What Is Ransomware
Ransomware is a form of malware that encrypts files on an affected device and holds their hostage until the user pays a ransom to the malware operators. Millions of dollars have been extracted through ransomware attacks, the most common strains of ransomware includes Cryptolocker, Cryptowall, Locky, and Samas or Samsam.
In this article, we have explained what is ransomware and how to protect against ransomware attacks.
WHAT IS RANSOMWARE
Ransomware commonly enters devices as a Trojan, impersonating as a normal file that is downloaded intentionally or unintentionally by the user. Upon execution, ransomware starts encrypting the files on an infected device and consistently displays a message informing the victim that their files can only be decrypted if a ransom amount is paid to the attackers. The user is provoked into paying the operators, who may or may not supply a code or program to decrypt the files. If the user fails to pay the ransom within the certain time period provided can result in an increased ransom amount or deletion of the encrypted files. The most dangerous types of ransomware are those were only the creators of the program have access to decrypt the key. Ransoms are typically paid in Bitcoin or other digital currencies that are difficult to trace.
THE COMMON TYPES OF RANSOMWARE STRAINS:
CryptoLocker was discovered on September 15, 2013, and is considered to be the first modern strain of ransomware. It is distributed through email attachments in order to encrypt files on Windows computers and any mounted drives. Even though CryptoLocker itself is easy to remove from infected devices, the files remains encrypted, and the only viable way to access files is to pay the ransom requested by the cyber criminals. Payment for the decryption of the key is taken in the form of Bitcoin or pre-paid cash vouchers.
CryptoWall was discovered on June 19, 2014, and it is related to CryptoLocker in some form. It has gone through a multiple number of releases with different names and has not yet been secluded. Initially, it was distributed through exploit kits and emails but recently it has been connected with malicious ads and compromised websites as well. CryptoWall encrypts the files and deletes any VSS or shadow copies to prevent data recovery. After infecting, the computer displays a web page or a text document that provides the directions for payment to the user.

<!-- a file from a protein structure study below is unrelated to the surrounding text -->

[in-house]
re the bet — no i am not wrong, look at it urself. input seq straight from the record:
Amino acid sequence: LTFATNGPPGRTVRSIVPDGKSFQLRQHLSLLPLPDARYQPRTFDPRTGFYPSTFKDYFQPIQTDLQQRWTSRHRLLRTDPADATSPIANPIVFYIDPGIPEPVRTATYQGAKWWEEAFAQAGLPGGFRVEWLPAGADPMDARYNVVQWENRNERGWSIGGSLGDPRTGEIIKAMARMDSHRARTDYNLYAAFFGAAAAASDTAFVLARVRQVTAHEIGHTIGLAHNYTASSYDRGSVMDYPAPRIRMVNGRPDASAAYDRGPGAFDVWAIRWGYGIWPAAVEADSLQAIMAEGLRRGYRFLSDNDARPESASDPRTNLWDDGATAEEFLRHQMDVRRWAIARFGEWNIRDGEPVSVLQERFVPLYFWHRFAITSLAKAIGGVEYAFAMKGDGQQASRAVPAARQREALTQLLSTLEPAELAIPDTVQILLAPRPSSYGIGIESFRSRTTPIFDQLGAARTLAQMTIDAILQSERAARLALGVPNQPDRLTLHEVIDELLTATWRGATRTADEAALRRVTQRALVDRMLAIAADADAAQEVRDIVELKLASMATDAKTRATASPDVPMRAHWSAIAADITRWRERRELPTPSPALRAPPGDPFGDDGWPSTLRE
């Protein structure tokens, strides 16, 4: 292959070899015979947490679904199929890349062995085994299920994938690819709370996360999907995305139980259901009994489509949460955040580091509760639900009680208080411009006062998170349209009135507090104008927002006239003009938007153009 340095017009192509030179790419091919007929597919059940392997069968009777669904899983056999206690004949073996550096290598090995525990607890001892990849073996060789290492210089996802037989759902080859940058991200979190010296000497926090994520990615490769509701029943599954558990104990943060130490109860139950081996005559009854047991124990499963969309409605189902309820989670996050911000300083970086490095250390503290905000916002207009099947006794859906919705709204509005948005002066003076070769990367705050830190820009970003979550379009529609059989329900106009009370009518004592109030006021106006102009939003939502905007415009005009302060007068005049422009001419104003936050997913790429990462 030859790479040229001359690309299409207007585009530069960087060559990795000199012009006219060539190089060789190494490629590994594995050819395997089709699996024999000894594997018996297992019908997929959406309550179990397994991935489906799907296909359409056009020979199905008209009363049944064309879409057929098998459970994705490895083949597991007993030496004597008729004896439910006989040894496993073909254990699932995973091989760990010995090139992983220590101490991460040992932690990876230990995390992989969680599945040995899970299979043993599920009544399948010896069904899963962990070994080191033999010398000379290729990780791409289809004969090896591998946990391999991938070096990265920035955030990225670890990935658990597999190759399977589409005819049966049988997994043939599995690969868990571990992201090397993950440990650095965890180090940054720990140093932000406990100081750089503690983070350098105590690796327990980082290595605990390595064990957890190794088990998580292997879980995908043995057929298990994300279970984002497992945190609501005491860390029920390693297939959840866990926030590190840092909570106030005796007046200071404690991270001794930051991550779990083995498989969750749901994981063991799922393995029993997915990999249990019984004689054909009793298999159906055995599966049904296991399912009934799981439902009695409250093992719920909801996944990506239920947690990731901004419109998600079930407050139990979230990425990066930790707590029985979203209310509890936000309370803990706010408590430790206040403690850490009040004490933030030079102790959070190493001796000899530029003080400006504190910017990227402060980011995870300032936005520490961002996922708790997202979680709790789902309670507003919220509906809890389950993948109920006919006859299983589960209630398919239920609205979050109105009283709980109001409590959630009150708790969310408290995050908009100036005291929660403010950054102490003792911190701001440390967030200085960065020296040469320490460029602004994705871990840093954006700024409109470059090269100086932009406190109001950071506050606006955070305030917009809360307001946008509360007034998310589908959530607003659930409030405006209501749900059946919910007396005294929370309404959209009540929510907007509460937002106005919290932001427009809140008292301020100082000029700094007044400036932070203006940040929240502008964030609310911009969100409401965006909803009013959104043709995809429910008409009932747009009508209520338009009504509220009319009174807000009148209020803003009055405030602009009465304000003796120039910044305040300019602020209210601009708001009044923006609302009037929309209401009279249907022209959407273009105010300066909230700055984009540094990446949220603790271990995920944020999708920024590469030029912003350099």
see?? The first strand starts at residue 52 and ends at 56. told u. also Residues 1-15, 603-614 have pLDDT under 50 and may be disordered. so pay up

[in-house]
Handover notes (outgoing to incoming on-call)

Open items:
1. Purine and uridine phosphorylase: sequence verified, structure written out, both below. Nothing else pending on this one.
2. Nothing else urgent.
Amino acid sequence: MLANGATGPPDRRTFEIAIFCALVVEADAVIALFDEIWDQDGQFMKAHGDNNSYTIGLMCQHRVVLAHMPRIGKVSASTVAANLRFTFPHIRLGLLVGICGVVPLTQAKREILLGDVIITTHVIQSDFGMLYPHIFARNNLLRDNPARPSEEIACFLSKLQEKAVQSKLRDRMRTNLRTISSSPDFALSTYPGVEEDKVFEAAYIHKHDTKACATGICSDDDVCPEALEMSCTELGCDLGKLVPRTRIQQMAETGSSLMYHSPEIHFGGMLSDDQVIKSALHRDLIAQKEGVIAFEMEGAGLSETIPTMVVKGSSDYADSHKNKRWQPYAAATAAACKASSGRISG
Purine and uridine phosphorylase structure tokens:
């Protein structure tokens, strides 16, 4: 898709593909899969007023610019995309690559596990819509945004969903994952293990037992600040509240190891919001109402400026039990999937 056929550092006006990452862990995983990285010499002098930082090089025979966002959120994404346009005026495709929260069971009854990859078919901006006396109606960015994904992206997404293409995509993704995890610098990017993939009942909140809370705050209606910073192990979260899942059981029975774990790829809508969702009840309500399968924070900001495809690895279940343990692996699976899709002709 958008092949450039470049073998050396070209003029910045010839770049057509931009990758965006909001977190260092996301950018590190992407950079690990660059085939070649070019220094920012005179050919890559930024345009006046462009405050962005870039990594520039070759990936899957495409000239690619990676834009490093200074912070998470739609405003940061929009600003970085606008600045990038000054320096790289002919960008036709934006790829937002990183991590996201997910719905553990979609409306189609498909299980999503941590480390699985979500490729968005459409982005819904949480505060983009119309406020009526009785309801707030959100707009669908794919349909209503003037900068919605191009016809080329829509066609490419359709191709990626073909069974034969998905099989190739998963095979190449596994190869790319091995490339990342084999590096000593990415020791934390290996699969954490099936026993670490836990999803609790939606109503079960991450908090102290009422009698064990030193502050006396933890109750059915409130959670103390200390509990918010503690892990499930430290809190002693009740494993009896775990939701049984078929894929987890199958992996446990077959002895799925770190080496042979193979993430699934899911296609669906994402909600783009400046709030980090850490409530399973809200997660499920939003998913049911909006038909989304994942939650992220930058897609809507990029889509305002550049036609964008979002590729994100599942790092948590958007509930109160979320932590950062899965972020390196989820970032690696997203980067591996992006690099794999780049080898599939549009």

Samas, perhaps the most destructive form of ransomware, was first discovered on December 9, 2015. The code for Samas is not very advanced, but the methods of distribution are more focused than other attacks. Cybercriminals will first identify specific networks that have unpatched servers running JBoss enterprise products. Once they get the access, the operators will move parallel from the entry point to identify more hosts. The ransomware is manually installed once enough systems have been violated. Like CryptoWall, Samas will delete the outlined copies after encrypting the original files and demand payment in the form of Bitcoin. Unlike previous strains, the majority of Sama’s attacks have focused on hospitals, schools, and other networks with a stock of sensitive information that can be sold for a greater profit.
BEST PRACTICES FOR RANSOMWARE PROTECTION
Always back up your files regularly: Having assiduous data backup processes in place can limit the damage caused by a ransomware attack significantly, as the encrypted data can be restored without paying a ransom.
Do not click on any email attachments or links from unconfirmed sources: Email is the most popular medium for phishing attacks that distribute ransomware or other malware through infected attachments or links to spiteful websites.
Disable Autorun for all mounted devices: Disabling the autorun will prevent malware from being able to spread individually.
Disable remote desktop connections when possible: Disabling this feature will block the attackers or malware from being able to access user’s devices and files remotely.
Log-in as the only administrator: Limit administrator allowances and the use of admin accounts whenever it is possible, to ensure that a user that has been compromised isn’t inadvertently granting administrative privileges to an attacker who has already gained access to their account.
Awareness and education in an organizations are the key for protecting against ransomware attacks. By educating yourself and your users on basic protection practices and keeping up with current security threats, you may reduce the risk of ransomware and keep your data safe.